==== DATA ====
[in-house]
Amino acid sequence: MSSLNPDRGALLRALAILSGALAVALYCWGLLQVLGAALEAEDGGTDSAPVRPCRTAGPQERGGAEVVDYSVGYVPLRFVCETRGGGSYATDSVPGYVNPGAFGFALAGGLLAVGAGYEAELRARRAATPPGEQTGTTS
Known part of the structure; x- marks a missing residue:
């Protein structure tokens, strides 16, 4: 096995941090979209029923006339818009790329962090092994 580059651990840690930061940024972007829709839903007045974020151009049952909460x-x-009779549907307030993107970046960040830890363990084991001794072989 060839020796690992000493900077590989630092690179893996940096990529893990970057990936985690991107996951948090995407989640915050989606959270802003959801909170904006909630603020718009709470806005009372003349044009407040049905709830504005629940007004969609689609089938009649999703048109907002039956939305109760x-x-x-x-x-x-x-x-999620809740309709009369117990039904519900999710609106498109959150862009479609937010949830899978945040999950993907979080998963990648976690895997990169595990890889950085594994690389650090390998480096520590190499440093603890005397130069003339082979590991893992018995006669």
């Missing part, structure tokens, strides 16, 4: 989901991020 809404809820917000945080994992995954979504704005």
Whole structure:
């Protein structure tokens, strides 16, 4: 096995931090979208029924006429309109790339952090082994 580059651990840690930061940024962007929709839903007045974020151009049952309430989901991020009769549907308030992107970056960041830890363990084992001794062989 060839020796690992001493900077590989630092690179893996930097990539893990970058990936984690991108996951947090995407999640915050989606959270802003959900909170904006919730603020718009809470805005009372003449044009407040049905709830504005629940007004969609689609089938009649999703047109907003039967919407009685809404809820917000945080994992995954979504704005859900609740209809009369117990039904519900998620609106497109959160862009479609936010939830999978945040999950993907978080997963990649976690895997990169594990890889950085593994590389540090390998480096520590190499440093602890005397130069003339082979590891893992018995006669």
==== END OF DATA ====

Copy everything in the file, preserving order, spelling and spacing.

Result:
[in-house]
Amino acid sequence: MSSLNPDRGALLRALAILSGALAVALYCWGLLQVLGAALEAEDGGTDSAPVRPCRTAGPQERGGAEVVDYSVGYVPLRFVCETRGGGSYATDSVPGYVNPGAFGFALAGGLLAVGAGYEAELRARRAATPPGEQTGTTS
Known part of the structure; x- marks a missing residue:
């Protein structure tokens, strides 16, 4: 096995941090979209029923006339818009790329962090092994 580059651990840690930061940024972007829709839903007045974020151009049952909460x-x-009779549907307030993107970046960040830890363990084991001794072989 060839020796690992000493900077590989630092690179893996940096990529893990970057990936985690991107996951948090995407989640915050989606959270802003959801909170904006909630603020718009709470806005009372003349044009407040049905709830504005629940007004969609689609089938009649999703048109907002039956939305109760x-x-x-x-x-x-x-x-999620809740309709009369117990039904519900999710609106498109959150862009479609937010949830899978945040999950993907979080998963990648976690895997990169595990890889950085594994690389650090390998480096520590190499440093603890005397130069003339082979590991893992018995006669």
């Missing part, structure tokens, strides 16, 4: 989901991020 809404809820917000945080994992995954979504704005």
Whole structure:
């Protein structure tokens, strides 16, 4: 096995931090979208029924006429309109790339952090082994 580059651990840690930061940024962007929709839903007045974020151009049952309430989901991020009769549907308030992107970056960041830890363990084992001794062989 060839020796690992001493900077590989630092690179893996930097990539893990970058990936984690991108996951947090995407999640915050989606959270802003959900909170904006919730603020718009809470805005009372003449044009407040049905709830504005629940007004969609689609089938009649999703047109907003039967919407009685809404809820917000945080994992995954979504704005859900609740209809009369117990039904519900998620609106497109959160862009479609936010939830999978945040999950993907978080997963990649976690895997990169594990890889950085593994590389540090390998480096520590190499440093602890005397130069003339082979590891893992018995006669």